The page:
Saturday, June 23, 2018

Gay Rights Trailblazer, Dick Leitsch Dead at 83

After pouring their drinks, a bartender in Julius' refuses to serve John Timmons, Dick Leitsch, Craig Rodwell and Randy Wicker, who were protesting New York liquor laws that prevented serving gay customers. (Fred W. McDarrah/Getty Images)

The Washington Post reports:

Dick Leitsch, who became a leading gay rights activist in 1960s New York, where he helped end police entrapment of gays and organized the first major act of civil disobedience by a gay rights group — a boozy sit-in known as the Sip-In — died June 22 at a hospice center in Manhattan. He was 83.

The cause was liver cancer, said a niece, Cheryl Williams.

A bartender, freelance journalist and onetime Tiffany sales representative, Mr. Leitsch was a self-described “hick from Kentucky who didn’t known anything about gay rights” when he followed a boyfriend to New York in 1959. He soon became a member and young leader of the Mattachine Society, an early gay advocacy group named after a group of medieval jesters who, disguised by masks, protested the oppression of peasants.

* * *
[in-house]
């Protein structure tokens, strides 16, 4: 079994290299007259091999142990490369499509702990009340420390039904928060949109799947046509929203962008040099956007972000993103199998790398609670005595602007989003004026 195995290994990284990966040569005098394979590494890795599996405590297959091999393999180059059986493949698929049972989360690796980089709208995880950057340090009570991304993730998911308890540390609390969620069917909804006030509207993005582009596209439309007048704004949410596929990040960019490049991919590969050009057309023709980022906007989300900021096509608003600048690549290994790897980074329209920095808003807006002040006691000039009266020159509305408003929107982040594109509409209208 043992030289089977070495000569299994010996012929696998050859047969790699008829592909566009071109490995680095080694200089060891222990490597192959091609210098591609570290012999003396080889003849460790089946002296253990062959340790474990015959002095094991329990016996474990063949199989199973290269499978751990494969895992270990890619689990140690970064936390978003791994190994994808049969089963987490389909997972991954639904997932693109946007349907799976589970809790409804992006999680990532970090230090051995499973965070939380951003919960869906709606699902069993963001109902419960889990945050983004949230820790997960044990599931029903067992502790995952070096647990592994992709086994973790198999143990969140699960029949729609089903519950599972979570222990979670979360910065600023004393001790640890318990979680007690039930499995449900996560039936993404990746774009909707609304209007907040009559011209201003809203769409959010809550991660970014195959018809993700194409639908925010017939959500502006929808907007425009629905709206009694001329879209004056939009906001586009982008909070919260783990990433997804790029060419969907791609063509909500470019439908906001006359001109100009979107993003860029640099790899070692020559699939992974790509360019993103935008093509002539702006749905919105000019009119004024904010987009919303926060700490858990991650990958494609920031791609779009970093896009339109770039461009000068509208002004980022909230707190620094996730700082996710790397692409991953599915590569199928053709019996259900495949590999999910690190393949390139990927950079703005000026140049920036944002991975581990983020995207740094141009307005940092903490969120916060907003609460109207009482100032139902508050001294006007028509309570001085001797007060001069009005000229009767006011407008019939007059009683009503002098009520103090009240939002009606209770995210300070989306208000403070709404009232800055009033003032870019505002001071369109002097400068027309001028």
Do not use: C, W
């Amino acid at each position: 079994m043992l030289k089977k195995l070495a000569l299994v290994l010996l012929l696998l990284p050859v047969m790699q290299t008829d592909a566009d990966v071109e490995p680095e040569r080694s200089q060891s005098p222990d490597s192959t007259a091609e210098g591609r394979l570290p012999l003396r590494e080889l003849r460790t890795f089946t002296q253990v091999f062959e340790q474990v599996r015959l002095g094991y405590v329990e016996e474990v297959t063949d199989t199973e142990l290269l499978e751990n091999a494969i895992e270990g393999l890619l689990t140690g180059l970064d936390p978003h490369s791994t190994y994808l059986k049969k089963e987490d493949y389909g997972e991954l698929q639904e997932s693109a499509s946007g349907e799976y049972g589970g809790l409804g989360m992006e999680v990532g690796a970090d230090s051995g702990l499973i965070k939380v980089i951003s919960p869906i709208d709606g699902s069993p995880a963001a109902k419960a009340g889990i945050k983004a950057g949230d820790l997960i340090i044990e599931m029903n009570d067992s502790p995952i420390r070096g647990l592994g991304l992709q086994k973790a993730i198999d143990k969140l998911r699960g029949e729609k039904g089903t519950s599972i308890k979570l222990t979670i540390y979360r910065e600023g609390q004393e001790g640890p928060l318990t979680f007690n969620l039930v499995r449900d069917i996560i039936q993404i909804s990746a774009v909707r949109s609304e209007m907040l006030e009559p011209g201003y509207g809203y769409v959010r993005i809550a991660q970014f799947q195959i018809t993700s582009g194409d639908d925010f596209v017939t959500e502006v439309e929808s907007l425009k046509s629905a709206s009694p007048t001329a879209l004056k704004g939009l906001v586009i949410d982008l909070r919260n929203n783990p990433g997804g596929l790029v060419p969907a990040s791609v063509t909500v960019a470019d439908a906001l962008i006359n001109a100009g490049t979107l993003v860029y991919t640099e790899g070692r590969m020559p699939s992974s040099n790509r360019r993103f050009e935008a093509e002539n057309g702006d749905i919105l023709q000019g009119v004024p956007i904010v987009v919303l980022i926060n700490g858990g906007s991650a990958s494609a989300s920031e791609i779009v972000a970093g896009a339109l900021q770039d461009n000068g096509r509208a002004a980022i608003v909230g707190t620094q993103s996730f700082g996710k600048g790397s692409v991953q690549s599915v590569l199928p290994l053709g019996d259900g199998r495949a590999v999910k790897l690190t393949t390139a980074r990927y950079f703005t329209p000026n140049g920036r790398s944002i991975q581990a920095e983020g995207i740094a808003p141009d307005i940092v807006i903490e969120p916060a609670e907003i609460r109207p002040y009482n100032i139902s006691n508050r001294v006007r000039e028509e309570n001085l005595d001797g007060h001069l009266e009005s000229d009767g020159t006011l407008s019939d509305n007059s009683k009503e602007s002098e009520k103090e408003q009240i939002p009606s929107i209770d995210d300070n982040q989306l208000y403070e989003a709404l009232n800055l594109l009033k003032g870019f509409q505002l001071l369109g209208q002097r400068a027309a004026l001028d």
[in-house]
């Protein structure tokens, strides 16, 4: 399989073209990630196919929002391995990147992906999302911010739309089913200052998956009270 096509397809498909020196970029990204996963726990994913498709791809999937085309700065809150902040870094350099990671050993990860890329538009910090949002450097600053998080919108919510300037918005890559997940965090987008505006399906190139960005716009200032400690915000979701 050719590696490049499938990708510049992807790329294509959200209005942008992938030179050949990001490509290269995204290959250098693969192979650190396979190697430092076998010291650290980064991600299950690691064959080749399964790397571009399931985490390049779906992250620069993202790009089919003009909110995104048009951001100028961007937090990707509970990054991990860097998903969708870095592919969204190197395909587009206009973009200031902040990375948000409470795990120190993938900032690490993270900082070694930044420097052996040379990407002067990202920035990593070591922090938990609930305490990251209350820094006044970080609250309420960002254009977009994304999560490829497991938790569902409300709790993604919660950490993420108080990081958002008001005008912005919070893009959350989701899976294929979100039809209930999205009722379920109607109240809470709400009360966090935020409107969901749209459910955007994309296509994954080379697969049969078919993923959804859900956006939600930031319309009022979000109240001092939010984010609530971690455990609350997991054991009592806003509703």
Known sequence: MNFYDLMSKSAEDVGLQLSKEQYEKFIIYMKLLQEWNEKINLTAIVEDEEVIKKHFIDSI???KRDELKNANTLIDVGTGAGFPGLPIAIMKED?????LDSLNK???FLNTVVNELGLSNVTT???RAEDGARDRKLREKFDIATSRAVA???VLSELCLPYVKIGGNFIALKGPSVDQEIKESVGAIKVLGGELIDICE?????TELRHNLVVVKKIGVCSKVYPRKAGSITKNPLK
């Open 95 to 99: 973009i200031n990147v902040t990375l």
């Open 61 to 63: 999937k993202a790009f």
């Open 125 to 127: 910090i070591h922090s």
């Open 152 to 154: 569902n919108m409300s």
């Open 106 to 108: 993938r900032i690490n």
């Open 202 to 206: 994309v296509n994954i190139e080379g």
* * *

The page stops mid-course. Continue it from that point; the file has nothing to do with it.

Mr. Leitsch rarely donned a mask himself. After being named president of the organization’s New York chapter in 1965, he took the group in a more aggressive direction, taking on the city’s police chief and newly elected liberal mayor, John V. Lindsay, in campaigns that drew on the tactics of the African American civil rights movement and became a model for other gay rights groups across the country.

See full story here.  Read more about the Sip-In here.

Dick Leitsch, left, and Randy Wicker, two participants in the 1966 “Sip-In,” at Julius’
in the West Village. Credit: Karsten Moran for The New York Times

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